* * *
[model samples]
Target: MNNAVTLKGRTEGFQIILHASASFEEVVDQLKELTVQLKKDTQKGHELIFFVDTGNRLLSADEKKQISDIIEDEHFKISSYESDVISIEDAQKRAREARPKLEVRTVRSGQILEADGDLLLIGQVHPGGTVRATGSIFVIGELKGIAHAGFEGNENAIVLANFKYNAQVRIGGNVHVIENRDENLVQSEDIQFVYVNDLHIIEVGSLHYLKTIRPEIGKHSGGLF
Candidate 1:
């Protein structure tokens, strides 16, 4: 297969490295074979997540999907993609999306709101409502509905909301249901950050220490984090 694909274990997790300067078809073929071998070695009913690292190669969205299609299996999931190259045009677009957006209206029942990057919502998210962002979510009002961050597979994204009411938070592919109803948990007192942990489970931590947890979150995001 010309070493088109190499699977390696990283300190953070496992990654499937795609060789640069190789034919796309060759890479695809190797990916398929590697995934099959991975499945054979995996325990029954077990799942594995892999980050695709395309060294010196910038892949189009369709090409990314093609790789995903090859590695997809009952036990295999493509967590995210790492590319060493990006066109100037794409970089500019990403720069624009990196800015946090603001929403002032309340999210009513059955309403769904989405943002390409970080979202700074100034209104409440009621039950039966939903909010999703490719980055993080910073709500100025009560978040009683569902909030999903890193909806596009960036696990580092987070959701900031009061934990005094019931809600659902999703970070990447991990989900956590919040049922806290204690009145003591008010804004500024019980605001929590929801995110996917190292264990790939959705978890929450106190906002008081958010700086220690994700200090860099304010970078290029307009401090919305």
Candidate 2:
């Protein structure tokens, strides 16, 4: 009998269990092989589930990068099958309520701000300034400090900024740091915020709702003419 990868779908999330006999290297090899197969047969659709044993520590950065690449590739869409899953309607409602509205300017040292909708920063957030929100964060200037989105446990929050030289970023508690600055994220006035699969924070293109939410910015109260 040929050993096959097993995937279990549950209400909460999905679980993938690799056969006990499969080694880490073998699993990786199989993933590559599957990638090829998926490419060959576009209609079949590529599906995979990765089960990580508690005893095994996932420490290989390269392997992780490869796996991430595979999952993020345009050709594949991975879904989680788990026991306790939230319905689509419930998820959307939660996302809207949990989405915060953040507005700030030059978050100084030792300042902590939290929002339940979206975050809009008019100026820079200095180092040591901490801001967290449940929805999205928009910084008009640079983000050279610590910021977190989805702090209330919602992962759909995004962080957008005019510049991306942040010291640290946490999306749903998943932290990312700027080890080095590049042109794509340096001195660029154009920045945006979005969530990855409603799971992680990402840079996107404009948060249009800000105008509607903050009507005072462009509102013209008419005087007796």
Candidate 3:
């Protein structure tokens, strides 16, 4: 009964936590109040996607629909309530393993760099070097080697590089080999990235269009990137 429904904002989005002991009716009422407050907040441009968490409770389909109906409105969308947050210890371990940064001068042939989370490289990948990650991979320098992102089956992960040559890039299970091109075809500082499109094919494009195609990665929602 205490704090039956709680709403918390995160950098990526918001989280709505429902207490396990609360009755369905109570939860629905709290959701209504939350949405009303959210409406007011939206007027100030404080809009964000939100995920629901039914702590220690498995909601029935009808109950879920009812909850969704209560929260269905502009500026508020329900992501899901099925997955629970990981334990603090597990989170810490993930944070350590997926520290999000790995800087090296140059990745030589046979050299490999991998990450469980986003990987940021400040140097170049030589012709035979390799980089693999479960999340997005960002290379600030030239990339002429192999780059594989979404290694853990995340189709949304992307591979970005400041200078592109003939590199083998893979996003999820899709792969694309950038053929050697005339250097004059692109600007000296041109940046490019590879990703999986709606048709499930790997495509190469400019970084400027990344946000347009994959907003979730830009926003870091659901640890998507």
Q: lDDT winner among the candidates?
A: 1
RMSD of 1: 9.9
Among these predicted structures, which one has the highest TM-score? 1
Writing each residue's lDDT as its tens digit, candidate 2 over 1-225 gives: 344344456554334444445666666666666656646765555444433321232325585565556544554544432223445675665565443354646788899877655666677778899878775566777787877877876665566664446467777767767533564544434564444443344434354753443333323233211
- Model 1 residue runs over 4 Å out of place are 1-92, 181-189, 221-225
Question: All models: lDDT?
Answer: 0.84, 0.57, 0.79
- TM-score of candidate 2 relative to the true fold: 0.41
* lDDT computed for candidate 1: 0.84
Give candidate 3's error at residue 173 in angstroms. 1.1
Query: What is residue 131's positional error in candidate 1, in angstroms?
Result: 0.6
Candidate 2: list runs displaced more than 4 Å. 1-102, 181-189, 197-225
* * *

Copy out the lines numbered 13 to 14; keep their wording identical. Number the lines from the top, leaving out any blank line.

Writing each residue's lDDT as its tens digit, candidate 2 over 1-225 gives: 344344456554334444445666666666666656646765555444433321232325585565556544554544432223445675665565443354646788899877655666677778899878775566777787877877876665566664446467777767767533564544434564444443344434354753443333323233211
- Model 1 residue runs over 4 Å out of place are 1-92, 181-189, 221-225